I’m a writer. A fiction writer. And right now my world, and everyone else’s, has been highly modified nonfictionally by a situation I never imagined would happen: The Covid 19 pandemic.
Because I’m a fiction writer, my mind is always spiraling with ideas for new stories. At the moment I think I’ll have three new books published next year: two Harlequin Romantic Suspense novels plus a potentially stand-alone mystery that I’m currently writing.
All that keeps my mind and my fingers busy. But that mind of mine–well, when I’m not focused on what I’m writing, I’m always considering potential new ideas. They kind of just slip into my thoughts based on things I see or do, or don’t see or do but still tiptoe in and become creative plots or people or pets.
Or unusual backgrounds…
Yes, I’ve already done a blog here not too long ago about what to include, and what not to include, in stories. I focused more there on whether or not to include references in what I’m already writing to the pandemic and other current issues it has been causing.
Now, I’m wondering whether I ought to write something new that features the pandemic and how it involves a protagonist, probably in a mystery. At least my mind keeps telling me to consider it.
If I did, would people want to read it, or would they rather stay away from awful things like that which are affecting their real lives–even fictionalized versions of it?
Don’t know yet–but I’m kind of leaving my mind loose to consider it.
What do you think–would you want to read about it?
Because it’s me, the story would also most likely involve dogs, who are now being recognized as wonderful companions as we all stay far from others outside our households a whole lot more than we used to.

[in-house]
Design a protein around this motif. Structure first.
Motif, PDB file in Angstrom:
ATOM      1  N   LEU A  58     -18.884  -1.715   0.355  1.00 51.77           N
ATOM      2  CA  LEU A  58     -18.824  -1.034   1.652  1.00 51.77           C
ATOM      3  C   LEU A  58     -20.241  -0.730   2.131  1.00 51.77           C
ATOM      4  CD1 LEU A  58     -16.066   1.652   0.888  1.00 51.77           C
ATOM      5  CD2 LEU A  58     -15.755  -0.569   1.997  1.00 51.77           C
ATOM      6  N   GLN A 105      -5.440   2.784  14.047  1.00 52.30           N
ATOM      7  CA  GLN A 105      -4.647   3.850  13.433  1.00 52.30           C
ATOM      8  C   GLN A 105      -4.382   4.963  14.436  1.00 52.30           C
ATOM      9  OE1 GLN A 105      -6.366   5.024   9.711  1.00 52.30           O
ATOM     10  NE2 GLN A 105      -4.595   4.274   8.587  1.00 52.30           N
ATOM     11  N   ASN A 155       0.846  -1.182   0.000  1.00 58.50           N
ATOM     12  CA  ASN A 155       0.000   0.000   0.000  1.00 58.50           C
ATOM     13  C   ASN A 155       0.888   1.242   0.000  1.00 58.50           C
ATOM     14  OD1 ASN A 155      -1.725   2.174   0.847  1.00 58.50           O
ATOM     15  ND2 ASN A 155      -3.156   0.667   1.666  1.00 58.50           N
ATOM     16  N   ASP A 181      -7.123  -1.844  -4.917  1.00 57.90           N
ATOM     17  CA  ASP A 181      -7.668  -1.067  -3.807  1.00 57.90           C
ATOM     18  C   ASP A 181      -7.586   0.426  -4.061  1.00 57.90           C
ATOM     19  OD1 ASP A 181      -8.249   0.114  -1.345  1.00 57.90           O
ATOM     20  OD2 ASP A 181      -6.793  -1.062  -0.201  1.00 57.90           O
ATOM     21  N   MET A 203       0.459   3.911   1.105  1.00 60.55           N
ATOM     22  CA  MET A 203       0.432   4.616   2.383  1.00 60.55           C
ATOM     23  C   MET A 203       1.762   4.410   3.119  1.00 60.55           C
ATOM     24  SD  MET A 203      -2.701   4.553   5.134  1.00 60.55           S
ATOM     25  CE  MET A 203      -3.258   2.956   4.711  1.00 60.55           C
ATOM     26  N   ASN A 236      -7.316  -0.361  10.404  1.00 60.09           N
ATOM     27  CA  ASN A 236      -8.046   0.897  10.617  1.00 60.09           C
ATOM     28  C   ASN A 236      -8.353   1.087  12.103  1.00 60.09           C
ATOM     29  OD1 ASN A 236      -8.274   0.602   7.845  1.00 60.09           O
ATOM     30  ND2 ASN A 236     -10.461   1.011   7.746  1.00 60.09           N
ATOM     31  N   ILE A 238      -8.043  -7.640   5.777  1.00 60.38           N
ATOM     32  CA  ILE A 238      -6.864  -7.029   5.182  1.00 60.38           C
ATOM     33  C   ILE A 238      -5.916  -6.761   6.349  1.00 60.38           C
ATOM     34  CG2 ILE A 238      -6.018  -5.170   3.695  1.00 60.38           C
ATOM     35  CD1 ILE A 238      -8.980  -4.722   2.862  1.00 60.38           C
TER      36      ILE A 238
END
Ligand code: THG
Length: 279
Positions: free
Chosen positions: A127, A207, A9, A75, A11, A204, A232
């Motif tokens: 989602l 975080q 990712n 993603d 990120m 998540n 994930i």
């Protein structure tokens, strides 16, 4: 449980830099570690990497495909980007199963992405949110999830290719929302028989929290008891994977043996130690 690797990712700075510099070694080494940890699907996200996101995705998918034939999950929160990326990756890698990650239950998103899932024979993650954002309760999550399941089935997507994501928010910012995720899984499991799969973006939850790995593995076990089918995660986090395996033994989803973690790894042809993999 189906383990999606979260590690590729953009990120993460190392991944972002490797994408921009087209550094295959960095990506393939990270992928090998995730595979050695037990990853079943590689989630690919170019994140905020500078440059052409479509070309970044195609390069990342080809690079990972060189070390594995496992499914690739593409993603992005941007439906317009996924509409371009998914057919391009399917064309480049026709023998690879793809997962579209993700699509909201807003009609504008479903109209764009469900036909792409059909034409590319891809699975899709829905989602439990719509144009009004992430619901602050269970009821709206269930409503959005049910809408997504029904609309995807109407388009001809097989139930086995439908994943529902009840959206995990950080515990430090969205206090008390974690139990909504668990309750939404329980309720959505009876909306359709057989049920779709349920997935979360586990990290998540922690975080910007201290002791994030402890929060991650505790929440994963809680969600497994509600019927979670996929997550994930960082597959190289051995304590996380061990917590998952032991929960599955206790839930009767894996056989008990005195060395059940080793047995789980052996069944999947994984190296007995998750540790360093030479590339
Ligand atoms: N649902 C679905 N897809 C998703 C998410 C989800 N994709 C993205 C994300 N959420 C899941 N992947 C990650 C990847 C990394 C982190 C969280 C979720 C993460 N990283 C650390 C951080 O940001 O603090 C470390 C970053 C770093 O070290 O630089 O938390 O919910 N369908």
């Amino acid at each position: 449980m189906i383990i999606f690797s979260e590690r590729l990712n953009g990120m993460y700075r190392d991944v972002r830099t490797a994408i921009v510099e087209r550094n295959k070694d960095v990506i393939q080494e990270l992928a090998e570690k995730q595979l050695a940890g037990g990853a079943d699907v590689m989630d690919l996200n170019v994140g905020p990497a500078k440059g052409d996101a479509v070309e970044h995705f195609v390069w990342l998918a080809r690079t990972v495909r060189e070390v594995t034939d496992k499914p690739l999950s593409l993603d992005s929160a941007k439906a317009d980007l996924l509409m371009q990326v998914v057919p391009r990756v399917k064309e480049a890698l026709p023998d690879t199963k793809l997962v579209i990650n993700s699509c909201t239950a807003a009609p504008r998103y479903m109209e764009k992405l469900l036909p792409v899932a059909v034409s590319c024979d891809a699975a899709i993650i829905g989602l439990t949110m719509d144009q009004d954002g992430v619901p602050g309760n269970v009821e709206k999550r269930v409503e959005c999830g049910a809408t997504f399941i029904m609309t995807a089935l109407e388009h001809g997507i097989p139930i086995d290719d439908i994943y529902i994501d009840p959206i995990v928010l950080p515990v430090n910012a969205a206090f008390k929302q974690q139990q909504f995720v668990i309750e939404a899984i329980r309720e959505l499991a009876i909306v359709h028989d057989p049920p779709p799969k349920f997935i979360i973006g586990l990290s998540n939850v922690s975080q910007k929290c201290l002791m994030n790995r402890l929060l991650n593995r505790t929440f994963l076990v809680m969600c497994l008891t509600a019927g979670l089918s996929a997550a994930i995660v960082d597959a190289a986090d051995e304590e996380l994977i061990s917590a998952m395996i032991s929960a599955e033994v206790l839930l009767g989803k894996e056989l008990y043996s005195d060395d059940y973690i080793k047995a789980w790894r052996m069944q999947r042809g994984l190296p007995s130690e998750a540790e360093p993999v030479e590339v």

But of course no dogs would be harmed.
If you have a best-selling story about any period of time, write it. The very best stories have a timeless essence that touches hearts and ignites imaginations, no matter when or where the stories are set. It is never too soon or too late to write a story that jars the soul. But, by the same token, don’t imagine that the pandemic theme is the thing that will cause readers to pick up the book.
A million pandemic-themed stories are being created right now; many not very good. The market always faces trends that cause certain subjects, themes, or genres to spike in popularity at certain times. If that is the wave you want to ride, get there early. But that wave may not be the one for you—you may not be done fast enough to be part of that perceived market interest.
If in doubt, go good. Good work weathers mass upticks in interest. Focus on the good work.
Yea! I’ve been waiting for this. I think now is the perfect time to offer a good fictional Corvid plot. I see no reason why such a story would be “too soon” or “too late”. If the tale is well written, soundly plotted, has a great cast of characters and a riveting dramatic arc it will always be timely as a good book.
The pandemic is top of everyone’s mind right now. (How often has a single event held that much sway at once with the entire human species?) There is so much crazy mis-information blitzing around that a large number of us just ignore it all, take precautions and wait to hear about a vaccine. I’d welcome a good pandemic story. Fiction has always been the media where we can talk about anything. Go for it.
I was recently interviewed and asked if I was going to address the pandemic. My answer was, ‘Yes if it works organically into my story’.
Will I make the pandemic the focus of a book? The answer is no. I very seldom write a ripped-from-the-headlines book because headlines change faster than you can blink these days.
I do write ripped-from-the-inside-pages books because that’s where I find small stories, about real people and personal tragedy and triumph. For me, it’s always about the characters.
Every writer is different, though. If this book is eating at you, write it, own it, and market it. It might be just be the blockbuster you feel it is.
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